You Can Rent A Car From Penn State Starting This Fall
Last week, we were told that students couldn’t be trusted as responsible drivers. This week, Penn State Transportation Services announced new initiatives that will launch this fall allowing students to rent cars from the university to “run errands.” Call us crazy, but this seems counter-intuitive.
The three initiatives being implemented are carshare, rideshare, and “repairs, education, and bike share.” These programs are meant to contribute to the sustainability goals outlined in Penn State’s current five-year strategic plan, which dictates institutional priorities from 2016 to 2020.
“One of our jobs is to provide the options people are asking for and see which ones are successful and continue to roll out new ones,” director of Transportation Services Rob DeMayo told Penn State News. “In some cases, the programs reduce single occupancy vehicles. In other cases, people are getting out of their cars and biking or walking. For us, we’re reducing customer and departmental costs, and helping the university meet its 2020 goals.”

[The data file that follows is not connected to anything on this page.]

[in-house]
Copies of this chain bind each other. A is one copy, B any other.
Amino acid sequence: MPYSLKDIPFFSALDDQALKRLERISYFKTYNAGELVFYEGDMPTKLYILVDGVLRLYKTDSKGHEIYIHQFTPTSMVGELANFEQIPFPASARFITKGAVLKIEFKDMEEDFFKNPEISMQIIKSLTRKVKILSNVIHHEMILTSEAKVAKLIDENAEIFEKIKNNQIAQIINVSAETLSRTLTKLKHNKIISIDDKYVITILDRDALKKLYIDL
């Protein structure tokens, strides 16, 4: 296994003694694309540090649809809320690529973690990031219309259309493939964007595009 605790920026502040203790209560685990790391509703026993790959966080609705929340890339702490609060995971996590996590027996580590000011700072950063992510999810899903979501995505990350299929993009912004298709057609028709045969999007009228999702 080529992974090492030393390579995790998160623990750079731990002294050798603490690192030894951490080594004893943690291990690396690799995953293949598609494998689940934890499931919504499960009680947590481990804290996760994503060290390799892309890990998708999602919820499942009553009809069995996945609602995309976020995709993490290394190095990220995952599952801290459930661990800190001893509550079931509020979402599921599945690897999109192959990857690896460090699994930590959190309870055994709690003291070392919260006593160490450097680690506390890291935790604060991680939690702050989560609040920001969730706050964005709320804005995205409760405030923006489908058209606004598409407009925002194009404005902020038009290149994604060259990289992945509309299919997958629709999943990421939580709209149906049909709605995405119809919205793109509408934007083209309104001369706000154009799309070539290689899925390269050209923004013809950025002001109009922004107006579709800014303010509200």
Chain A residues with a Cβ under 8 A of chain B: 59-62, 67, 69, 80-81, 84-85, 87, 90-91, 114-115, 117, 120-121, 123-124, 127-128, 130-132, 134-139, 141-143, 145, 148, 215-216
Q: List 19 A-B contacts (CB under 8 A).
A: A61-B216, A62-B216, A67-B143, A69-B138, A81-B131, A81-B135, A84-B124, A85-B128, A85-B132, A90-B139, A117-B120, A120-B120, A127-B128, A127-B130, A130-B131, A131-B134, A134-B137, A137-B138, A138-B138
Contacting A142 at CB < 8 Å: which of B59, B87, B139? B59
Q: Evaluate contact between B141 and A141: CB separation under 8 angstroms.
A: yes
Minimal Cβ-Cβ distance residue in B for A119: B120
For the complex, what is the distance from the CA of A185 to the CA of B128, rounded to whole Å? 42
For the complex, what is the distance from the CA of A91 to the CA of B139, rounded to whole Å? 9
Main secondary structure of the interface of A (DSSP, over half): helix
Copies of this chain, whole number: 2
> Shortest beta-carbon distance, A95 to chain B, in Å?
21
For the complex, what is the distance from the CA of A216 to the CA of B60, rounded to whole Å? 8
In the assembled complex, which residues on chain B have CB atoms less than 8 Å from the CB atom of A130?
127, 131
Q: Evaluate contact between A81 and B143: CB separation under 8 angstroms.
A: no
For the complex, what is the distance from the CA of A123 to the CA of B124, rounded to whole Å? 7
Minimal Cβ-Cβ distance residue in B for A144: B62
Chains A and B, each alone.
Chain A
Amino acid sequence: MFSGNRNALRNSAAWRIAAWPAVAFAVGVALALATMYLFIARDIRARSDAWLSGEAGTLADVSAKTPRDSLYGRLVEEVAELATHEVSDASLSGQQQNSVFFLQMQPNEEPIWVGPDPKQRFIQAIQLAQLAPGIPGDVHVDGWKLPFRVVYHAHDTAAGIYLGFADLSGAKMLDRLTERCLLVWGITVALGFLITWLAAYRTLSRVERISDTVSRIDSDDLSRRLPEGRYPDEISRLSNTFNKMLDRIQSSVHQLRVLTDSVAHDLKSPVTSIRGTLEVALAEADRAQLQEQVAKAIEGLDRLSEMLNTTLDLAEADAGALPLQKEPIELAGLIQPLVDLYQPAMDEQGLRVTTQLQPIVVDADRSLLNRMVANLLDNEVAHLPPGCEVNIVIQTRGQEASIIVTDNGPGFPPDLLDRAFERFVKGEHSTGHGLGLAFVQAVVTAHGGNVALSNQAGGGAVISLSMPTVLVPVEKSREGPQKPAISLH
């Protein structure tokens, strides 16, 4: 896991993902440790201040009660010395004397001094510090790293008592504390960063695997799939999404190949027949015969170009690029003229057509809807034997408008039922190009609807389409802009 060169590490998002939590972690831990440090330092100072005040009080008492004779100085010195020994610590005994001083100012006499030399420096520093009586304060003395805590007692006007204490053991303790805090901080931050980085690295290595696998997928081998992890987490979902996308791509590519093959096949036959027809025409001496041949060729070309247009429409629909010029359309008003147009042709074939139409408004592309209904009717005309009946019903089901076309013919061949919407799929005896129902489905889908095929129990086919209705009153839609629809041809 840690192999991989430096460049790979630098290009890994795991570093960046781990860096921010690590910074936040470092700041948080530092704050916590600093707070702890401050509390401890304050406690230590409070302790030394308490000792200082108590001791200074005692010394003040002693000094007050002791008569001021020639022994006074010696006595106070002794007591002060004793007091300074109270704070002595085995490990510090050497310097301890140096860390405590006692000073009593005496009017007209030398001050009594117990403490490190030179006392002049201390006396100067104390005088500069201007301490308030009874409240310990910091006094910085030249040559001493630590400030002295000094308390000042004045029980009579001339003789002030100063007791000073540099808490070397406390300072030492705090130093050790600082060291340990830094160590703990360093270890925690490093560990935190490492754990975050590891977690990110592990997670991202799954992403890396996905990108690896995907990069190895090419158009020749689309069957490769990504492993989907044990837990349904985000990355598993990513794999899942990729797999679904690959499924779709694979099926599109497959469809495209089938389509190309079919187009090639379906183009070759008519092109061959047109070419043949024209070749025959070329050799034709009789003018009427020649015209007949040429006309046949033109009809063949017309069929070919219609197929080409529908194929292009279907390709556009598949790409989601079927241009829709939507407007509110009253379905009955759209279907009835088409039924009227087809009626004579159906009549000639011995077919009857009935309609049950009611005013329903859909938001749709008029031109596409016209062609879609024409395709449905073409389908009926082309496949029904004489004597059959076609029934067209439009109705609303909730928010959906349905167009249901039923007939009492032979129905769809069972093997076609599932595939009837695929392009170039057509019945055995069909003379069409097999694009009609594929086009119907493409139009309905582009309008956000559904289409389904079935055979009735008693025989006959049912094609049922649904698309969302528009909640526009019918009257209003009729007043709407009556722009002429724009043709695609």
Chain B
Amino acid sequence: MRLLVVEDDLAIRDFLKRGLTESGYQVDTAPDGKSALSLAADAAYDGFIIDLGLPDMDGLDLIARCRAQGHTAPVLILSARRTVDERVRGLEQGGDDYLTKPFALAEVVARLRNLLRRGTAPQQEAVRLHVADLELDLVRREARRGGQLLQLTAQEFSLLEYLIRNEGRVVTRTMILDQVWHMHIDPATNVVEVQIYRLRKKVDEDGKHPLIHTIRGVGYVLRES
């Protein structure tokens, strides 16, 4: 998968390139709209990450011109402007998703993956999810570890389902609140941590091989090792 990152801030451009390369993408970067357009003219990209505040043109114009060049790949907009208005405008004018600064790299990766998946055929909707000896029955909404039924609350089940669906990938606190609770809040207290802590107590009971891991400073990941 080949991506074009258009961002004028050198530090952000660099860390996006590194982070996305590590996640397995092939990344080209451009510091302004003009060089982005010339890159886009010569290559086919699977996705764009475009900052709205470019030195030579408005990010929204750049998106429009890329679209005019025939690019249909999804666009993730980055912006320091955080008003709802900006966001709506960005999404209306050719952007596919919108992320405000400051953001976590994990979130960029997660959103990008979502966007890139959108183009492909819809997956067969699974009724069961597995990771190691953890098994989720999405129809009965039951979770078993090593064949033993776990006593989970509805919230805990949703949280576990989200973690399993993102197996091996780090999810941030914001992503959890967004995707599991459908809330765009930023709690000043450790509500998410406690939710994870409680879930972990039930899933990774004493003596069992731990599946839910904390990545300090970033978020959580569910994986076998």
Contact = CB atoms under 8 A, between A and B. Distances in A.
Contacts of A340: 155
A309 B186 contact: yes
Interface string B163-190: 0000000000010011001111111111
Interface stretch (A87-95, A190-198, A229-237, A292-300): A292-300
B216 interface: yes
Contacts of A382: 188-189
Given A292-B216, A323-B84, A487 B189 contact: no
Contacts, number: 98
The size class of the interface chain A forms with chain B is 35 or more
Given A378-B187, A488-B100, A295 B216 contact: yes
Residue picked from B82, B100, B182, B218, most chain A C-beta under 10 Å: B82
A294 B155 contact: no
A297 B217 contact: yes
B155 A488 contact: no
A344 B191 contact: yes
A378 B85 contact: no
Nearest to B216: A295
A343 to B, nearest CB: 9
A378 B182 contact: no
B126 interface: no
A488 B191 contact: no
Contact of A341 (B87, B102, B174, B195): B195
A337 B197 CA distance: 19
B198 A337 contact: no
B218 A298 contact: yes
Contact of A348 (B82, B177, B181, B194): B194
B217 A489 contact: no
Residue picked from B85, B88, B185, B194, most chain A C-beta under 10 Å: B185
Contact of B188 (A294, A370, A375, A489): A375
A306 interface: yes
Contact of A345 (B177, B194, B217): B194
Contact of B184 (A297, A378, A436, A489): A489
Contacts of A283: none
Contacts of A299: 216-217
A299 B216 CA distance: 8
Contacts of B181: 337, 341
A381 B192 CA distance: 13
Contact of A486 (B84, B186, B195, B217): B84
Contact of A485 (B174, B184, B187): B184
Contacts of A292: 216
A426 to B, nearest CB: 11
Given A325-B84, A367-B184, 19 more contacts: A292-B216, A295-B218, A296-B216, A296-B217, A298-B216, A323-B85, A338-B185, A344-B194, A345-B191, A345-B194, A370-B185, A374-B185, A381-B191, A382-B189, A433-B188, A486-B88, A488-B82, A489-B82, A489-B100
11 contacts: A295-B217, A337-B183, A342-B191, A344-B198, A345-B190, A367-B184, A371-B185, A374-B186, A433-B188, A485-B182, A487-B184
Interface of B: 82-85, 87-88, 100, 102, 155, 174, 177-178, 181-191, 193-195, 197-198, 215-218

The carshare program allows students to pay for short-term use of a car, like a rental system of sorts. There will be a few cars over the summer, and the program will launch fully with six to eight vehicles at University Park in the fall, with additional campuses following suit based on demand. One goal of the program is to encourage students not to bring their personal cars to campus if they don’t end up using them that often.
“It’s like a community car,” DeMayo explained. “The cars will be parked in high-visibility areas. Students often bring a car to campus, park it, and it sits there unused for weeks. One of our messages is going to be: you don’t necessarily need to bring your cars to campus.”
The rideshare program is an online database that will connect anyone with a Penn State ID seeking a carpool arrangement. Drivers will be able to map their routes online and connect with commuters. This program will not only save commuters money but will also reduce the number of cars on campus.
BEEP, or the Bicycle Enforcement and Education Program, will allow bicyclists an opportunity to have their first rule violation dropped in exchange for participating in a bicycle education course. Penn State also plans to add four additional bicycle repair stations around campus, doubling the current number.
The bikeshare program, similar to what UPUA considered in 2010, mimics the idea of the carshare program. This initiative is predicted to launch on campus in 2017; similar initiatives already exist on other Big Ten campuses and in major cities across the United States.
You have to wonder how they’ll word the clause in the rental agreement that prohibits students from renting cars to travel to canning trips.
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